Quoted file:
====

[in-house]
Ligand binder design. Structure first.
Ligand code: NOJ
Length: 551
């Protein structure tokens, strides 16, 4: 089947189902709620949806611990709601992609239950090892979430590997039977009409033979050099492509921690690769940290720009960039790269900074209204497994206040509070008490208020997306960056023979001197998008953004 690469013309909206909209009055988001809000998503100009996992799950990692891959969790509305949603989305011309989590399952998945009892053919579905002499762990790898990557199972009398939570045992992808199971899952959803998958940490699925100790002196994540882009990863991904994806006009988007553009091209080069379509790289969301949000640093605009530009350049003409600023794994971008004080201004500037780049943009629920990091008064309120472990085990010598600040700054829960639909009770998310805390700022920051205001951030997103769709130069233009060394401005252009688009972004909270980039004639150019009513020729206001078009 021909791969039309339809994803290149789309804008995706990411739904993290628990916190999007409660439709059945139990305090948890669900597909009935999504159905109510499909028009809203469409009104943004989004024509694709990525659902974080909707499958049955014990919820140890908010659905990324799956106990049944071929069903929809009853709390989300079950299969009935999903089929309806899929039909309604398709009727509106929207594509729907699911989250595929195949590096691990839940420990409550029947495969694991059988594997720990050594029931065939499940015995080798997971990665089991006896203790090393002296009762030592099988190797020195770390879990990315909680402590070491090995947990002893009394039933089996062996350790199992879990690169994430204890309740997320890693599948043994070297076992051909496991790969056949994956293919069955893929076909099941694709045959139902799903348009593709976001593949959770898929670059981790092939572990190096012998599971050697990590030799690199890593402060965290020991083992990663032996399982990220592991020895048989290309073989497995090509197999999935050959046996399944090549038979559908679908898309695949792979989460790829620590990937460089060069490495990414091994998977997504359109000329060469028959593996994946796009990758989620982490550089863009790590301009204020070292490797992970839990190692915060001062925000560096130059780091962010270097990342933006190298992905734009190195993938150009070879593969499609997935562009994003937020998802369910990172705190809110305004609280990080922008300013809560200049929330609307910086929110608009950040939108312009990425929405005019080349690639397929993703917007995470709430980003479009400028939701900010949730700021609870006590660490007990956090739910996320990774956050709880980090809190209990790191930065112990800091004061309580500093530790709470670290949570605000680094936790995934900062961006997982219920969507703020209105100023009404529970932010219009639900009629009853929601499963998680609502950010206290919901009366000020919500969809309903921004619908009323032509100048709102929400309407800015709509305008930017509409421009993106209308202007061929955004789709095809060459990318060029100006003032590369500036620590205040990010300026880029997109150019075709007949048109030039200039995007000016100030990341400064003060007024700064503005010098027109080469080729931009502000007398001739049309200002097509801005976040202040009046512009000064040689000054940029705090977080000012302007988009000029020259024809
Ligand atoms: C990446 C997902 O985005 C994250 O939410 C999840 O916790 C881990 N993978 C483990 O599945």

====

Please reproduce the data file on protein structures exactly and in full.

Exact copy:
[in-house]
Ligand binder design. Structure first.
Ligand code: NOJ
Length: 551
């Protein structure tokens, strides 16, 4: 089947189902709620949806611990709601992609239950090892979430590997039977009409033979050099492509921690690769940290720009960039790269900074209204497994206040509070008490208020997306960056023979001197998008953004 690469013309909206909209009055988001809000998503100009996992799950990692891959969790509305949603989305011309989590399952998945009892053919579905002499762990790898990557199972009398939570045992992808199971899952959803998958940490699925100790002196994540882009990863991904994806006009988007553009091209080069379509790289969301949000640093605009530009350049003409600023794994971008004080201004500037780049943009629920990091008064309120472990085990010598600040700054829960639909009770998310805390700022920051205001951030997103769709130069233009060394401005252009688009972004909270980039004639150019009513020729206001078009 021909791969039309339809994803290149789309804008995706990411739904993290628990916190999007409660439709059945139990305090948890669900597909009935999504159905109510499909028009809203469409009104943004989004024509694709990525659902974080909707499958049955014990919820140890908010659905990324799956106990049944071929069903929809009853709390989300079950299969009935999903089929309806899929039909309604398709009727509106929207594509729907699911989250595929195949590096691990839940420990409550029947495969694991059988594997720990050594029931065939499940015995080798997971990665089991006896203790090393002296009762030592099988190797020195770390879990990315909680402590070491090995947990002893009394039933089996062996350790199992879990690169994430204890309740997320890693599948043994070297076992051909496991790969056949994956293919069955893929076909099941694709045959139902799903348009593709976001593949959770898929670059981790092939572990190096012998599971050697990590030799690199890593402060965290020991083992990663032996399982990220592991020895048989290309073989497995090509197999999935050959046996399944090549038979559908679908898309695949792979989460790829620590990937460089060069490495990414091994998977997504359109000329060469028959593996994946796009990758989620982490550089863009790590301009204020070292490797992970839990190692915060001062925000560096130059780091962010270097990342933006190298992905734009190195993938150009070879593969499609997935562009994003937020998802369910990172705190809110305004609280990080922008300013809560200049929330609307910086929110608009950040939108312009990425929405005019080349690639397929993703917007995470709430980003479009400028939701900010949730700021609870006590660490007990956090739910996320990774956050709880980090809190209990790191930065112990800091004061309580500093530790709470670290949570605000680094936790995934900062961006997982219920969507703020209105100023009404529970932010219009639900009629009853929601499963998680609502950010206290919901009366000020919500969809309903921004619908009323032509100048709102929400309407800015709509305008930017509409421009993106209308202007061929955004789709095809060459990318060029100006003032590369500036620590205040990010300026880029997109150019075709007949048109030039200039995007000016100030990341400064003060007024700064503005010098027109080469080729931009502000007398001739049309200002097509801005976040202040009046512009000064040689000054940029705090977080000012302007988009000029020259024809
Ligand atoms: C990446 C997902 O985005 C994250 O939410 C999840 O916790 C881990 N993978 C483990 O599945």